I wrote earlier about how my fear of flying began and developed and got worse until I was almost unable to do it. I lived very far from home, and I had first one and then two babies, so I couldn’t not fly unless I never wanted to see some family members or the place I grew up. That wasn’t an option.
*As an interesting aside, I was always amazed at the number of people who suggested I drink to deal with my fear. That wasn’t an option either, for me, and of course no one in charge of two babies could drink or take a drug to deal with fear.*
I would be nervous and frightened before I flight. I felt very superstitious about not changing flights or seats or anything once it was booked. But then, I would get the overwhelming premonition that this plane would crash. I knew that it would. I’d get more and more worked up as the day approached. Once I had flown, my trip was always shadowed by the fact that I needed to do it again, soon, to get home.
I would be practically sick the day of the flight. I hated (and still hate) airports, packing, and everything that goes with it. Airports, to me, are awful places. So many people are upset, frightened, sad, anxious, angry, hasseled, tired. I always feel like I’ve neglected to pack something very important, without which I will surely be miserable. But I can’t think of what it is.
There’s the traffic. Will you arrive on time? Once there, the parking. The checking in. The saying goodbye to your luggage,, maybe forever. Is the plane on time? Is the weather OK? How much money has this cost? I’m making myself sick just listing these things, and I’m just sitting at my dining room table.
And the overwhelming feeling that this is it, this is doom. I’ve tried to avoid it but I can’t, I hear about plane crashes and near misses and terrible things every so often. I imagine myself in that scenario. I try not to. I can’t help it.
From my first flight (not first of my life, but first of that time that I moved away) and the fear my cat wouldn’t make it, until the time I had to get off of a plane carrying two babies, because the plane had mechanical difficulties, my fear grew and got worse. When finally my three year old daughter began to catch my fear, I decided to do something about it.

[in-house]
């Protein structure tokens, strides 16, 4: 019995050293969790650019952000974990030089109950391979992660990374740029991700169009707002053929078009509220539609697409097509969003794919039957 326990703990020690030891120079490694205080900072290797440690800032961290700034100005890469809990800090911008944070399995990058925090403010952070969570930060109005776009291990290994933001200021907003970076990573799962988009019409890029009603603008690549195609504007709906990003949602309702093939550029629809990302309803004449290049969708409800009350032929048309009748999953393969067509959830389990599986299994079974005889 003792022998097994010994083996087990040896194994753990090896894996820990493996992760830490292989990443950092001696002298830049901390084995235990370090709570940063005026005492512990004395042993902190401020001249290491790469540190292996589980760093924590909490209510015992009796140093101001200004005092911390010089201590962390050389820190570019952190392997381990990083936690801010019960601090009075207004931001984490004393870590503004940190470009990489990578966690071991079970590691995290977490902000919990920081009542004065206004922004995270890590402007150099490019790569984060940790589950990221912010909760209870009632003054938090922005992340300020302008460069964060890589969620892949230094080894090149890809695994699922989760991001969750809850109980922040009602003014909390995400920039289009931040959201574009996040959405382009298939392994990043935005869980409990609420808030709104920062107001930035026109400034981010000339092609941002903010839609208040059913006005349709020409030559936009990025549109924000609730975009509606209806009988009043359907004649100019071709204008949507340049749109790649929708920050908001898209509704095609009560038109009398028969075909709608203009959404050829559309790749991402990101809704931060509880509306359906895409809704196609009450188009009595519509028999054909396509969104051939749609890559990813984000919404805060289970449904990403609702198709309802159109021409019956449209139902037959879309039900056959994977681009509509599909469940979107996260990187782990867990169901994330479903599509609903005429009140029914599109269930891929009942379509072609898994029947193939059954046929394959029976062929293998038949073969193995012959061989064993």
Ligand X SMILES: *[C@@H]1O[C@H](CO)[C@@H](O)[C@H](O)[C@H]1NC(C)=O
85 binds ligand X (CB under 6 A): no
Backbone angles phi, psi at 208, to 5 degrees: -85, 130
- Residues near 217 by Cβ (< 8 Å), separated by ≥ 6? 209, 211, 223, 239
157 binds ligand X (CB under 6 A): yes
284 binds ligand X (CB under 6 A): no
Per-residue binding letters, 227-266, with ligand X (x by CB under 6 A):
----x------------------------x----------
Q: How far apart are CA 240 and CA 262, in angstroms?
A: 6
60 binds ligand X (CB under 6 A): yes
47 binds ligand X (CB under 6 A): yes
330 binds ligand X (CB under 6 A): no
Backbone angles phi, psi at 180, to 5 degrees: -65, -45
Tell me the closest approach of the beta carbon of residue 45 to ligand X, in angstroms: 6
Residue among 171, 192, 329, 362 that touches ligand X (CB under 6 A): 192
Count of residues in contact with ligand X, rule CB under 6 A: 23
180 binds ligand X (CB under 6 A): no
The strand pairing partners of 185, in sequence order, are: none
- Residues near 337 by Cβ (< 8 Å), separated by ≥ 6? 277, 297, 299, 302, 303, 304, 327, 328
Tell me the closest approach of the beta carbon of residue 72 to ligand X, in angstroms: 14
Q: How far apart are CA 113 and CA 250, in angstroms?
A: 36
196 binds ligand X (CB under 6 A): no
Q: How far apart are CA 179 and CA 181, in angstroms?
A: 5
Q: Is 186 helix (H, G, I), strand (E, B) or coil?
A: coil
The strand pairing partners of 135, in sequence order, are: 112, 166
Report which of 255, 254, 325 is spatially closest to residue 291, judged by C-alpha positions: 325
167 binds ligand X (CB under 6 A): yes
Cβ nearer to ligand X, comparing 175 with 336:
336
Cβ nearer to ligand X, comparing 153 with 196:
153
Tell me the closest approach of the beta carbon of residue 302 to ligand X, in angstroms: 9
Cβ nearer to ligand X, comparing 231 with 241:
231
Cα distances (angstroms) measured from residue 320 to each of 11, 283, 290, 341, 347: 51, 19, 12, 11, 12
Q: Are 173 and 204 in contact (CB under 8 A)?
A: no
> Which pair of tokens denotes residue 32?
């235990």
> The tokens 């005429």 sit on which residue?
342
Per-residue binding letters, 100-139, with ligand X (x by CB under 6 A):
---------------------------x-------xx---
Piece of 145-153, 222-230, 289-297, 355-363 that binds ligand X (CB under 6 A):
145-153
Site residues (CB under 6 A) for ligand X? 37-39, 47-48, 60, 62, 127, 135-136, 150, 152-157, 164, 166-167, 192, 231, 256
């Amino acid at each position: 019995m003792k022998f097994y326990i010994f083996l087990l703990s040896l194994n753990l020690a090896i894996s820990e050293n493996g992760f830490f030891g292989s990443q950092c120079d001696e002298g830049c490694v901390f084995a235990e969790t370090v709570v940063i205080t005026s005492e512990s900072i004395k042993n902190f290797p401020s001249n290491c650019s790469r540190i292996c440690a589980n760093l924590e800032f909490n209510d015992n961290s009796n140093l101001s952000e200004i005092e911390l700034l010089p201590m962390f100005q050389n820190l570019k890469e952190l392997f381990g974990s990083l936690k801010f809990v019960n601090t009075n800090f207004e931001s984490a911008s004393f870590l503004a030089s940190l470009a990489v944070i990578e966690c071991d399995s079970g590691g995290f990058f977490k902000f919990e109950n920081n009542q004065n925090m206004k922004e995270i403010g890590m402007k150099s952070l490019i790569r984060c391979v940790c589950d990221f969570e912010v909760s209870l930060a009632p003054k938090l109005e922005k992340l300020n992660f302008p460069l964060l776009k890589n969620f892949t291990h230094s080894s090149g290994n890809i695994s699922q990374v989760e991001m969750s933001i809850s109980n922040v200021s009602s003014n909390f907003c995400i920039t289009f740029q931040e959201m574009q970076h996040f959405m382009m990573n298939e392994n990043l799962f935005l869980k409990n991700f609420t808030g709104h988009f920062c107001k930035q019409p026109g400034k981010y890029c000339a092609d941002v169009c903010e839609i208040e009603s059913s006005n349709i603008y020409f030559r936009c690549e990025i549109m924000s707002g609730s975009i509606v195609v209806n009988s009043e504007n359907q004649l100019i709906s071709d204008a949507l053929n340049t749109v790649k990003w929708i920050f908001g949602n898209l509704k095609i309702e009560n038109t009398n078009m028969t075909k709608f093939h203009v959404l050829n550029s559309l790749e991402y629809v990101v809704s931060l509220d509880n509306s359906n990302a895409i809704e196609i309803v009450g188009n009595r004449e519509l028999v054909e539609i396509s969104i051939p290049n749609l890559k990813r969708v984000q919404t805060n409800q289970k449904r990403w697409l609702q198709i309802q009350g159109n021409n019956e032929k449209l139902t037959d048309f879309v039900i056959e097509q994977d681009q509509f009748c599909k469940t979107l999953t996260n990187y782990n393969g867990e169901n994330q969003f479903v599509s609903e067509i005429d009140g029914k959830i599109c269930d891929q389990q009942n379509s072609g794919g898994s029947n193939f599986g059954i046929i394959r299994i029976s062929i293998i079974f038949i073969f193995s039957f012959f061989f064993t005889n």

I bought a book about overcoming phobias. One difficult thing about a fear of flying is that you can’t practice if you’re feeling brave, like crossing a bridge maybe or going in an elevator. The book explained that my body was reacting as if there was an emergency, and really everything was fine. I began to try to relax as a response to fear, kind of like the Bradley method of child birth I had tried with my son. I had rubber bands to snap on my wrist. It suggested biting a pickle or something very strong tasting, but I didn’t do that.
On the ground, if a popular flight path was going over my mother’s house, I sat in the living room and watched plane after plane go by – not crashing, not crashing, not crashing. On the plane, I would concentrate sometimes with thoughts like, “Nothing bad is happening right now. You’re just sitting here.”
I flew once the day after a huge crash, and the pilot welcomed us to statistically the safest day to fly. I reminded myself again and again how terribly against me crashing the odds really were. I considered, too, that if one has to die, dying in a plane crash would not be the worst way to go. And yes, one does have to die. An interesting aspect of my fear has been the fact that I’m only afraid planes I am on will crash. I’ve put my kids on a plane to go visit my mother (when they were much older), and I’m pretty certain their plane won’t crash. Just mine.
Right before I took a final flight from the place I was living, far away, to move back almost to my home, a plane crashed in Iowa. They were unable to lower the landing gear, and they knew for a long time that the plane would crash. It circled and circled and dropped its fuel. Ideas were floated to manually pull the landing gear down, or give it a soft place to land, or I don’t remember what else. I watched it live on the news. There was the plane, in the air, fine, with everyone alive. There was the ground, hard hard hard, and no way to stop the momentum of the plane from crushing itself and the people on it.
Some of the people on that plane did die, some didn’t, and I wonder if they knew what was happening. I don’t wonder enough to look into it, since surely it’s been recorded many times. But I remember voicing to an AA friend of mine that maybe God would punish me by making my plane crash. Punish me for not liking my new home, even though I had everything I needed and much, much more. She said something along the lines of, “God didn’t bring you this far to drop you in an Iowa corn field.” But had God brought the others that far to do just that? Why them? Why not me?
I found a religious pamphlet at my inlaws house that had verses in it like, “Let it be done to me according to Your will,” “For everything that has been, thanks. For everything that will be, yes!” I found it while visiting them, facing a flight home. I took that with me on every flight after that, and I read it on the plane over and over.
I’d like to say I conquered my fear of flying, and really I got much, much better about it. By the end of my time living there, I was basically very nervous the day of the flight, and better on the plane, and generally OK with all of it. But since that move back toward my home 18 years ago, I haven’t had much call to fly, and I’ve only done it twice. I’m still afraid.
As my kids are now adults, soon I’d like to travel, and I want to go places on a plane. I’m not sure what I’ll do about my fear, but I’m determined to do something, not to just be one of those people who won’t fly no matter what.
I’m not sure how my program has influenced this experience, but it’s probably shot through with program principles. I hope that before I’m done, I will have a total success with getting over this fear.